Sunday, December 07, 2008

Ammonites


“Wait,” Jude said mysteriously.

Puzzled, I pressed my nose to the porthole. Without apparent reason, the water was clearer now, and brighter, as if sunshine penetrated the upper layers. There were immense algae around us – brown sargassum - their wide serpentine bodies undulating with the current. The corner of my eye caught a glimpse of a darker shadow. A fish, I thought, but had no time to ascertain this before it disappeared.

And then I saw them, a group of them, six or seven, passing right in front of the porthole, their coiled shells huge, striped in vivid ochres. A live diorama, I thought flabbergasted, for a second having the weird feeling I was at the museum. They swam backwards, their spotted mantles wavering with the small jets that propelled them. I saw their eyes, eyes of squids, inquisitive, and half-scaredly clutched the medallion at my neck. No Nautilus lived in sweet waters, and not in our lake; none was two feet big.

Short of breath, I turned to Uncle Jude, only to see him stare at me with an exuberant gaze, which seemed to be bursting with the question “So, what do you say?” or something like that. But my mind couldn’t form coherent words, not yet, only the buzz of excitement in a hollow of disbelief.

I pressed my nose to the glass again, but they were gone already, their tentacles disappearing swiftly at the edge of my field of vision.


excerpt from "Time of a Dive", a short story

14 comments:

Rick said...

What a wonderful excerpt, Vesper. Has this been published yet, or is it something you're still crafting? In any event, I look foward some day to reading it in its entirety.

Catvibe said...

This is wonderful and magical. I love the images you put up with this slice.

Aine said...

I love this!! I'm a bio geek at heart... science mysteries (even fictional) fascinate me. I'd love to hear more of this story!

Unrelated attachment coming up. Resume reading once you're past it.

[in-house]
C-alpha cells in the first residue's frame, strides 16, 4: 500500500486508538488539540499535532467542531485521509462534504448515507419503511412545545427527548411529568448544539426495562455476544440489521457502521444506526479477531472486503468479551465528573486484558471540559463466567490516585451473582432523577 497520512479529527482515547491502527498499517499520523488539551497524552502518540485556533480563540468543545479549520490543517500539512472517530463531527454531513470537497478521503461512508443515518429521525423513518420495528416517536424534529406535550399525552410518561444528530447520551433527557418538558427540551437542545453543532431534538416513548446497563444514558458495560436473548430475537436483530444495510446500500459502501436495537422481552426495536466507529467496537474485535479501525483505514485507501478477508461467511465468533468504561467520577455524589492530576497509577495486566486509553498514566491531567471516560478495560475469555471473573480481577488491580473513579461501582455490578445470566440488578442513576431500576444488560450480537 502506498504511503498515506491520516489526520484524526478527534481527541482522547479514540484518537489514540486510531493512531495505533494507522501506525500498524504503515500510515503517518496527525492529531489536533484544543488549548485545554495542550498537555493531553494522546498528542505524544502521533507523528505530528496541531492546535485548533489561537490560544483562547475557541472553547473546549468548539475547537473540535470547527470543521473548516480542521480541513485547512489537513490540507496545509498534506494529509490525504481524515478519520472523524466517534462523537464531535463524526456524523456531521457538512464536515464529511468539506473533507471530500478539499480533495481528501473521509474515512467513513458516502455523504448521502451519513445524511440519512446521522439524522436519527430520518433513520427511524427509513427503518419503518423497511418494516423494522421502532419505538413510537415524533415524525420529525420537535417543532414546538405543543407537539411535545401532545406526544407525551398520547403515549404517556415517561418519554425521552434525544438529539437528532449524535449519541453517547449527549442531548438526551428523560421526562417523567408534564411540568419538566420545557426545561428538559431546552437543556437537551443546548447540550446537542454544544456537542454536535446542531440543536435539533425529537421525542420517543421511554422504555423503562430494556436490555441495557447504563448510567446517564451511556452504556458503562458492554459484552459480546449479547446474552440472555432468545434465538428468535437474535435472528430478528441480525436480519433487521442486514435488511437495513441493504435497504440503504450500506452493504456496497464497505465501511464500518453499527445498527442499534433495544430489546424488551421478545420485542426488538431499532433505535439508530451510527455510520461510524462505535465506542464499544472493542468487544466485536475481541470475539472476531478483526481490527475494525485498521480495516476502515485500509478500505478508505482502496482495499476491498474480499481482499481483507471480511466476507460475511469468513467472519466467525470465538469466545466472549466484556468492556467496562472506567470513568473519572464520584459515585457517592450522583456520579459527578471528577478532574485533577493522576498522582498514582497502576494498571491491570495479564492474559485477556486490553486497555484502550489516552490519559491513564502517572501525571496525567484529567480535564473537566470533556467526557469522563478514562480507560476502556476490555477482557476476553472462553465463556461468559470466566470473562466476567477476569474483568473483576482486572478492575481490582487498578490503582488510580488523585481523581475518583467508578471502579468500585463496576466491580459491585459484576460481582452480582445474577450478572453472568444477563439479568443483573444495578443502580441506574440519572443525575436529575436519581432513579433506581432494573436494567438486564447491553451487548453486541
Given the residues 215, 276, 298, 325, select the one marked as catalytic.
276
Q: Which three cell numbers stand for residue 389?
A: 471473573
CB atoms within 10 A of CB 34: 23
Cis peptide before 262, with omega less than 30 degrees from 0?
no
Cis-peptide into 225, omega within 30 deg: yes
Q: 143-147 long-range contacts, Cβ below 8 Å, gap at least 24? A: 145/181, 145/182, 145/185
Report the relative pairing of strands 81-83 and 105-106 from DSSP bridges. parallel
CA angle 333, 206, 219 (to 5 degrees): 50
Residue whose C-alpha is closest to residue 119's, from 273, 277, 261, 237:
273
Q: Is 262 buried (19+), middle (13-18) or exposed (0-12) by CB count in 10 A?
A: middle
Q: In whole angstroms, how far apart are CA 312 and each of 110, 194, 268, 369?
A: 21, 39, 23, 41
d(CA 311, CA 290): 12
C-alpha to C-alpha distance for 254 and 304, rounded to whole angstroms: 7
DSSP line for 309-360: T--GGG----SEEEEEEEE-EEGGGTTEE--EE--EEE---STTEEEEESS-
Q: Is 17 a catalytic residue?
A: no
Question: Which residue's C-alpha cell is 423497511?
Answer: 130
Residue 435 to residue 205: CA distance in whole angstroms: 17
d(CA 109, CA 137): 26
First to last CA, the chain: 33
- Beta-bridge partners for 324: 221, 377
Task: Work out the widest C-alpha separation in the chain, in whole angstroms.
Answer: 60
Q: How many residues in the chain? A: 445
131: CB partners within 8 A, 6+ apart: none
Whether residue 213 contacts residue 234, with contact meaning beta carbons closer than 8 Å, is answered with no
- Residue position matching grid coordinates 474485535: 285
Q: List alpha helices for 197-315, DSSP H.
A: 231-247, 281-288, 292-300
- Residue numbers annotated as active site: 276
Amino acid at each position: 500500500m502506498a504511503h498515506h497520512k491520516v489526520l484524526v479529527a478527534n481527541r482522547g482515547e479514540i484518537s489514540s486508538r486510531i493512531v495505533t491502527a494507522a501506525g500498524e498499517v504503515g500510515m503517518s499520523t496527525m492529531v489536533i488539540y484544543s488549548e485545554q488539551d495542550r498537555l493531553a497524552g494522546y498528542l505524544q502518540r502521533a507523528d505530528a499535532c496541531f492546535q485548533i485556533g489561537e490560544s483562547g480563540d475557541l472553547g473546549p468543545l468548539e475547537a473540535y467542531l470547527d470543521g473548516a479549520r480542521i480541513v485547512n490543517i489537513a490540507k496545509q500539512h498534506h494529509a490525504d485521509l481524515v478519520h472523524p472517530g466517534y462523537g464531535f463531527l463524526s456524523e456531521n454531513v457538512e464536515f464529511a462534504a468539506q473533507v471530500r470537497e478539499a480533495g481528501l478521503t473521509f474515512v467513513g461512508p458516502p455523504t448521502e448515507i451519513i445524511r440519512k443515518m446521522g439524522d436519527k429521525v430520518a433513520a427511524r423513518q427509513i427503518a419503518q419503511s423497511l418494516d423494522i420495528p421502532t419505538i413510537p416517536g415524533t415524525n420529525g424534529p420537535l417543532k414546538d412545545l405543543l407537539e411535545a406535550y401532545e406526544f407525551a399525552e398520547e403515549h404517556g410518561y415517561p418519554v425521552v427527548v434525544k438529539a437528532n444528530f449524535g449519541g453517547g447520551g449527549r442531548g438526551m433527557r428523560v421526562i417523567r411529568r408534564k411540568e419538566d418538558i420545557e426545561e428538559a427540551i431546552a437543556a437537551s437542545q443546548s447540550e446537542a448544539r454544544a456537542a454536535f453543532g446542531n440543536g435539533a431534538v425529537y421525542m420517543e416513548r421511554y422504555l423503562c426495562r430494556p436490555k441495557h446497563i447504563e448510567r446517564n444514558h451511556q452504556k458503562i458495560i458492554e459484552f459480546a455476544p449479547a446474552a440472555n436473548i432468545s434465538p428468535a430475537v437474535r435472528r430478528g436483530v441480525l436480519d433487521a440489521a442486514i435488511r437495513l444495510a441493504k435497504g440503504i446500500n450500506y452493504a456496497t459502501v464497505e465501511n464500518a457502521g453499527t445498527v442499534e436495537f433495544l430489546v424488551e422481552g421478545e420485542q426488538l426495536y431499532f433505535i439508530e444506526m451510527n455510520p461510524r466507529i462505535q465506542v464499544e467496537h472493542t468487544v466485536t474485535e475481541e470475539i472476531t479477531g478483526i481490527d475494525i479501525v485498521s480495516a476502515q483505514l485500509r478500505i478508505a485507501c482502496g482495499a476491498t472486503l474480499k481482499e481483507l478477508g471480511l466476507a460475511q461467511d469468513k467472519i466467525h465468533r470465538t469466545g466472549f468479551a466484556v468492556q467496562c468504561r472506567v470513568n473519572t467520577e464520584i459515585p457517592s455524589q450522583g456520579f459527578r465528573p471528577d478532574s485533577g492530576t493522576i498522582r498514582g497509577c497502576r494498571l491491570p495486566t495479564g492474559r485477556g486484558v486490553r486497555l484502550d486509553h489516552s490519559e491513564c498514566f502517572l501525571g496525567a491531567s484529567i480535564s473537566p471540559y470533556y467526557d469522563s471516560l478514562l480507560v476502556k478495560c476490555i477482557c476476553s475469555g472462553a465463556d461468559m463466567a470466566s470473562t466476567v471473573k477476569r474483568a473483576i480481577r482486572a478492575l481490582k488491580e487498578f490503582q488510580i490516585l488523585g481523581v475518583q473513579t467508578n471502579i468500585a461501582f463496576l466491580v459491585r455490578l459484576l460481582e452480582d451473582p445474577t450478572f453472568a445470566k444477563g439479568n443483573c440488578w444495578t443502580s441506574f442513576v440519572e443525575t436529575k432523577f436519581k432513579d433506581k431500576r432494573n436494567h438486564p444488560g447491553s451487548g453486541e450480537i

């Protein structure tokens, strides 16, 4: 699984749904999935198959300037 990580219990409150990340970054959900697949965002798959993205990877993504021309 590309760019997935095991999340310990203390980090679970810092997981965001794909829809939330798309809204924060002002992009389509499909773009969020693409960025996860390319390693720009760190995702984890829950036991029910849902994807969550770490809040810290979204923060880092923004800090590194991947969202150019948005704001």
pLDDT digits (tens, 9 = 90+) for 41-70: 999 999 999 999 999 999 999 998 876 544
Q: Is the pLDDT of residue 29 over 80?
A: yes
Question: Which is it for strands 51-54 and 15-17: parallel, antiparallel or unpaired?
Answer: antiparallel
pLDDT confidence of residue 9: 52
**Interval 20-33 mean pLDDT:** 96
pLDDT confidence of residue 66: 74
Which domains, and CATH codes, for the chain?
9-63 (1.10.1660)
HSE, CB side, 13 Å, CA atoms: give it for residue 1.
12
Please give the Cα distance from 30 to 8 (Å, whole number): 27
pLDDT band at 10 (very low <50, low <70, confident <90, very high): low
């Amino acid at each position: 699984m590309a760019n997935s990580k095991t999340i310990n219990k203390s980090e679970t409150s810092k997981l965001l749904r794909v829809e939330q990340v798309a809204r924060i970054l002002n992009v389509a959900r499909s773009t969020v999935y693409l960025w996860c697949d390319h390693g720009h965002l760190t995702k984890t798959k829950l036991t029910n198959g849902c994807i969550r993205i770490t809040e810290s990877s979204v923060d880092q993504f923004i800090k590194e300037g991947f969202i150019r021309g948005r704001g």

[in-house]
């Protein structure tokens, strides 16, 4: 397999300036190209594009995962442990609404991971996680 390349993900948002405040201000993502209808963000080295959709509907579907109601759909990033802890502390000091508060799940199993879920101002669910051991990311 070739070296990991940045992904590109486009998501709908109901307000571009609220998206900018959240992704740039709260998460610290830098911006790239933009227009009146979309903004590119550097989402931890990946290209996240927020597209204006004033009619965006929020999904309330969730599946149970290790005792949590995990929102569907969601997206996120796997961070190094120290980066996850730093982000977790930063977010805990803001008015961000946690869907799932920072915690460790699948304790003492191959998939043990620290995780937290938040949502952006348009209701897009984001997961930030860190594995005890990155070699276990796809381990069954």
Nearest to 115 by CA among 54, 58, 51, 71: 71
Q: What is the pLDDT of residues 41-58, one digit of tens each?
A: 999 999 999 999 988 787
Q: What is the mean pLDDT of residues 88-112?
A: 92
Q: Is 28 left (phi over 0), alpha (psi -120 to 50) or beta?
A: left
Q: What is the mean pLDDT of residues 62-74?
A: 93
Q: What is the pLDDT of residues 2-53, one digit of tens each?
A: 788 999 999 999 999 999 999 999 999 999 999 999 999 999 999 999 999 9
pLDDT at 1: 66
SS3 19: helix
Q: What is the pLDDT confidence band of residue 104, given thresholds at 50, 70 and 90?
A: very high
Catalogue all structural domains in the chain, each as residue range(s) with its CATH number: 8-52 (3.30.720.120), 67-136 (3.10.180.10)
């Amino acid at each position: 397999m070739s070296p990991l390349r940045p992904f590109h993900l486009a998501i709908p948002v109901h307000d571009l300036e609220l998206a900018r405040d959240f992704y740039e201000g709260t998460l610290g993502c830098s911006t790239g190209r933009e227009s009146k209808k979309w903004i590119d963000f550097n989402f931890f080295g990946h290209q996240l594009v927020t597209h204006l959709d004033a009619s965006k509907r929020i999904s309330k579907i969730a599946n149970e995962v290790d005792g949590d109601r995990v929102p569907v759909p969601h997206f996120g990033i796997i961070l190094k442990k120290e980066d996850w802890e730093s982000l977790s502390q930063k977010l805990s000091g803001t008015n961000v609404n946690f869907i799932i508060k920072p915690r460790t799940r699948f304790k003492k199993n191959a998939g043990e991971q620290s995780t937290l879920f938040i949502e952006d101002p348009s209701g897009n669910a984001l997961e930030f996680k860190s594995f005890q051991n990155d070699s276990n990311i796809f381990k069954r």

And the pictures are wonderful!

laughingwolf said...

more, please :D

nudder gooder, v!

BernardL said...

I liked this descriptive interlude. It makes me want to know who 'I' is, and whether they're on a boat, sub, or at a Marine world looking glass.

Charles Gramlich said...

This is pretty weird. I had a dream about ammonites last night. I dreamt that they had a civilization in the oceans long before human kind came on the scene.

Sarah Hina said...

I love that feeling of having seen something miraculous, and then questioning its truth a moment later. It makes me want to seek it again! :)

Very intriguing snippet, Vesper. I, too, feel plunged into a wonderful, watery mystery.

the walking man said...

Flabbergasted is a wonderful word, by using it you set up so much emotional pacing in a solitary sentence.

You do know that sailors who go below the sea in submarines are very twisted individuals, don't you?

Vesper said...

Rick, thank you. I'm still working on it. I thought it was finished but I realised I needed to change a few thing. I hope you can read it someday... :-)

Thank you, Catvibe. Yes, I loved them too, that's why I couldn't choose just one. :-)

Thank you, Aine! A bio geek at heart... yes, me too, mainly if there's the sea involved... :-)

Huge thanks, Laughingwolf!
:-)

Thank you, Bernard! The fragment is a bit too short... they're on a sub... :-)

Maybe they did, Charles. There's a novella by Robert Silverberg, "Homefaring", one million years in the future, where intelligent lobsters and octopuses have inherited the Earth...

Thank you, Sarah! I will always fall for a water mystery... :-)

Mark, thank you. "Flabbergasted" - yes, it fills my mouth and my mind...
Twisted, are they? :-)

L.A. Mitchell said...

Such vivid detail. I love the word "ochre", too :) Lovely.

jason evans said...

A haunting image. Those creatures moving through the open water.

Absolute Vanilla (and Atyllah) said...

What a wonderful piece of writing, Vesper - so very vivid and alive!

I'm reminded of snorkelling amongst some squid earlier this year, so strange how they follow you backwards, beadily watching your every move, yet so shy when you try to approach.

K.Lawson Gilbert said...

(I don't know what happens to my comments - they simply disappear sometimes.)

The undersea is so graceful and serene, but also frightening.

What a captivating excerpt, to what I am sure is an even more absorbing short story. I loved the image here. The writing and the image work so well together.

Vesper said...

Thank you, L.A.! I'm glad you liked it. :-)

Jason, yes, fantastic as the seas always are for me, those ancient seas must have been... well, out of this world...

Vanilla, thank you so much! Snorkelling amongst squid - wow, what an experience! :-)

K., blogger does strange things sometimes... Thank you for your very nice comment. It is very much appreciated.